Contains the umask to apply to new file modes when using getsymchmod(). This defaults to the return value of umask() at compile time. Is only applied if $UMASK is true.

This is a boolean which tells getsymchmod() whether or not to apply the umask found in $MASK. It defaults to true.


Note: this section was started with version 0.30.

This is an in-depth look at the changes being made from version to version.

0.31 to 0.32

license added
I added a license to this module so that it can be used places without asking my permission. Sorry, Adam.

0.30 to 0.31

fixed getsymchmod() bug
Whoa. getsymchmod() was doing some crazy ish. That's about all I can say. I did a great deal of debugging, and fixed it up. It ALL had to do with two things:
  $or = (/+=/ ? 1 : 0); # should have been /[+=]/
  /u/ && $ok ? u_or() : u_not(); # should have been /u/ and $ok

fixed getmod() bug
I was using map() incorrectly in getmod(). Fixed that.

condensed lschmod()
I shorted it up, getting rid a variable.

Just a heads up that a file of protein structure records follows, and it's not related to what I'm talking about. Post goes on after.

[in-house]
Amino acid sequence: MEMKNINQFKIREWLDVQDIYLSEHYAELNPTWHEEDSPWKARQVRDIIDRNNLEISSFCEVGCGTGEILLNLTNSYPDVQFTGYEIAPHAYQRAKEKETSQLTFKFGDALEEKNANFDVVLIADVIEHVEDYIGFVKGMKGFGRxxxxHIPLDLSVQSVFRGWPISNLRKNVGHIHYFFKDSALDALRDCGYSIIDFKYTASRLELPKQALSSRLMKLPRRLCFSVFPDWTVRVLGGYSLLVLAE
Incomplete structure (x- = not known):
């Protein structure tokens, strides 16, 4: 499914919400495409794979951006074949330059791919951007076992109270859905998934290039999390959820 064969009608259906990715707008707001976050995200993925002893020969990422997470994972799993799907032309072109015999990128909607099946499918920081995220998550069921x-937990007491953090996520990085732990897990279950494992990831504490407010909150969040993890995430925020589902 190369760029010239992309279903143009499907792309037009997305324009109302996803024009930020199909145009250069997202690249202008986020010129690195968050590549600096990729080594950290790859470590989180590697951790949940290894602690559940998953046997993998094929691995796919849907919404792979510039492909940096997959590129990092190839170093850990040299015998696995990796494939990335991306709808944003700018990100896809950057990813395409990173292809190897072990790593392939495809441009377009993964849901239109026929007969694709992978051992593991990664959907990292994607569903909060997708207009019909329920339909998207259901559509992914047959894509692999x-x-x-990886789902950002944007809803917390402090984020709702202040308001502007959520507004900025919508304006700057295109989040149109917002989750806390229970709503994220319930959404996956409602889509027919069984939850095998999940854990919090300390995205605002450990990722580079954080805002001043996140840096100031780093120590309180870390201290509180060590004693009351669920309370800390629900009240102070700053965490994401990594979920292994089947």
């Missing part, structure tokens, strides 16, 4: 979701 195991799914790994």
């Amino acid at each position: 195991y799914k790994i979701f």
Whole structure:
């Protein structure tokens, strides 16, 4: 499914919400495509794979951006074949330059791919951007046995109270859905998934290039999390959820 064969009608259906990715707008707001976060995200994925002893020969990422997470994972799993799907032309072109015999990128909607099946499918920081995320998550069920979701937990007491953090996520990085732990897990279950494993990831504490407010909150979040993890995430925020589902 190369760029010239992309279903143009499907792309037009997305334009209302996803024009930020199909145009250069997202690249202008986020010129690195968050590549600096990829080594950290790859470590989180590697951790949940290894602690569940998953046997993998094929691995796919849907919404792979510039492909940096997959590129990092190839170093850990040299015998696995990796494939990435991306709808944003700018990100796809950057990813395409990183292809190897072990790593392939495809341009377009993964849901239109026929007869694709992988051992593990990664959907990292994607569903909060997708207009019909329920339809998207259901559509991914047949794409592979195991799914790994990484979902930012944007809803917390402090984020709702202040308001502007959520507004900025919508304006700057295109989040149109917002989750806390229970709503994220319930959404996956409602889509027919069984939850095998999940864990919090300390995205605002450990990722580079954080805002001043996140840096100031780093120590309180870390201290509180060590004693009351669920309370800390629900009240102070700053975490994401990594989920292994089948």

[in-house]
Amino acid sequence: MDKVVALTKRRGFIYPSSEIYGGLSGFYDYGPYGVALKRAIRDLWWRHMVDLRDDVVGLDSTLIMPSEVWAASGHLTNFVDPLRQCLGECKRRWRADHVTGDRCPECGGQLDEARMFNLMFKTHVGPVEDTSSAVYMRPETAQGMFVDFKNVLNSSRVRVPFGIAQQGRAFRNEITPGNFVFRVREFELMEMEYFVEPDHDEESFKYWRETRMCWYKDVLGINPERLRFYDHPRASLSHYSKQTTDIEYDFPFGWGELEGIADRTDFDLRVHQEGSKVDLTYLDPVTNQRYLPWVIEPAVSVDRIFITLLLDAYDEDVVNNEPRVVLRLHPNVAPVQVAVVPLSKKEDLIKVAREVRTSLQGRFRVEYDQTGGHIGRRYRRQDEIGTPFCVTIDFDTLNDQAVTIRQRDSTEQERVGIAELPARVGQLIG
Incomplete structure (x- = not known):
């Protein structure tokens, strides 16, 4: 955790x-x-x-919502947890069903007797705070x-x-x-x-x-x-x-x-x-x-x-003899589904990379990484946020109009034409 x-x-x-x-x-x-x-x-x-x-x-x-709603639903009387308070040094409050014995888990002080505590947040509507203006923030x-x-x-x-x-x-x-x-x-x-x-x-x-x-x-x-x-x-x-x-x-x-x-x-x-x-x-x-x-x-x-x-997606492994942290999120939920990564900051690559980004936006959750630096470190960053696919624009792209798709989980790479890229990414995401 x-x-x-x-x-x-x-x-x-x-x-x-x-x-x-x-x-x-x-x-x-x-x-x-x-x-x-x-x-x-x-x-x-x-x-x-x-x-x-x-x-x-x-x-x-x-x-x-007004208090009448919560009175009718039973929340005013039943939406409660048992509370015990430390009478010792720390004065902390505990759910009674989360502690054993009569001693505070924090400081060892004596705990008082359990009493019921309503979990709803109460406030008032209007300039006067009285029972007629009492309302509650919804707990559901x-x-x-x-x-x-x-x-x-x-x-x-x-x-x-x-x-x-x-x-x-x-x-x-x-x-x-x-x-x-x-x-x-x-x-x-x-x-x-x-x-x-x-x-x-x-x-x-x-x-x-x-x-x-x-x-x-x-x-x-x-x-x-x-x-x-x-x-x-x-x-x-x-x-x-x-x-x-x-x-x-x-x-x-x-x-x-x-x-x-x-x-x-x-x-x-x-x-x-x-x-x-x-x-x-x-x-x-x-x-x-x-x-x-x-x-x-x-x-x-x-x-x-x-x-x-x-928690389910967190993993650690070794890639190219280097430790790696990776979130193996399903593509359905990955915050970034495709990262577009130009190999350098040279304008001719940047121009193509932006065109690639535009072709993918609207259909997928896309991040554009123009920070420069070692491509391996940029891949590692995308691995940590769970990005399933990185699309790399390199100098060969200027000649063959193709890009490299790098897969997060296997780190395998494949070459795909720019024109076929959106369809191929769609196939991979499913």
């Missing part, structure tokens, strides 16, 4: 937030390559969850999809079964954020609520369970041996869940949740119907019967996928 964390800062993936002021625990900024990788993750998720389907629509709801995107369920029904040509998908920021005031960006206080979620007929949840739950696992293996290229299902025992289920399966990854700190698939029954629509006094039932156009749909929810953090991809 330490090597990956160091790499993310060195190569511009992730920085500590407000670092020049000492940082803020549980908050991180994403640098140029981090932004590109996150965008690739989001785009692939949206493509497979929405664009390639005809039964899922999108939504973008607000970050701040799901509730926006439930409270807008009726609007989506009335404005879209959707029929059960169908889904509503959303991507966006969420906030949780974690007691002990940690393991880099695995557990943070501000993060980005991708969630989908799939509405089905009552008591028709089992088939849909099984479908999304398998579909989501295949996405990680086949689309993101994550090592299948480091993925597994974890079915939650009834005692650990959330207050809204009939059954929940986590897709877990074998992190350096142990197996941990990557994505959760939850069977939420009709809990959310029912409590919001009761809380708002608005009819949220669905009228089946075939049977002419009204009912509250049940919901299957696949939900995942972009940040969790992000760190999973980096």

0.21 to 0.30

added umask() honoring for symchmod()
The symchmod() function now honors the $UMASK and $MASK variables. $UMASK is a boolean which indicates whether or not to honor the $MASK variable. $MASK holds a umask, and it defaults to umask(). $UMASK defaults to true. These variables are NOT exported. They must explictly set (i.e. $File::chmod::UMASK = 0).

function name changes
Renamed internal function determine_mode() to mode(). However, if you happen to be using determine_mode() somewhere, mode() will be called, but you'll also get a warning about deprecation.

Renamed internal functions {or,not}_{l,s,t} to {l,s,t}_{or,not}. This is to keep in standard with the OTHER 6 pairs of bitwise functions, such as r_or() and g_not(). I don't know WHY the others had 'not' or 'or' in the front.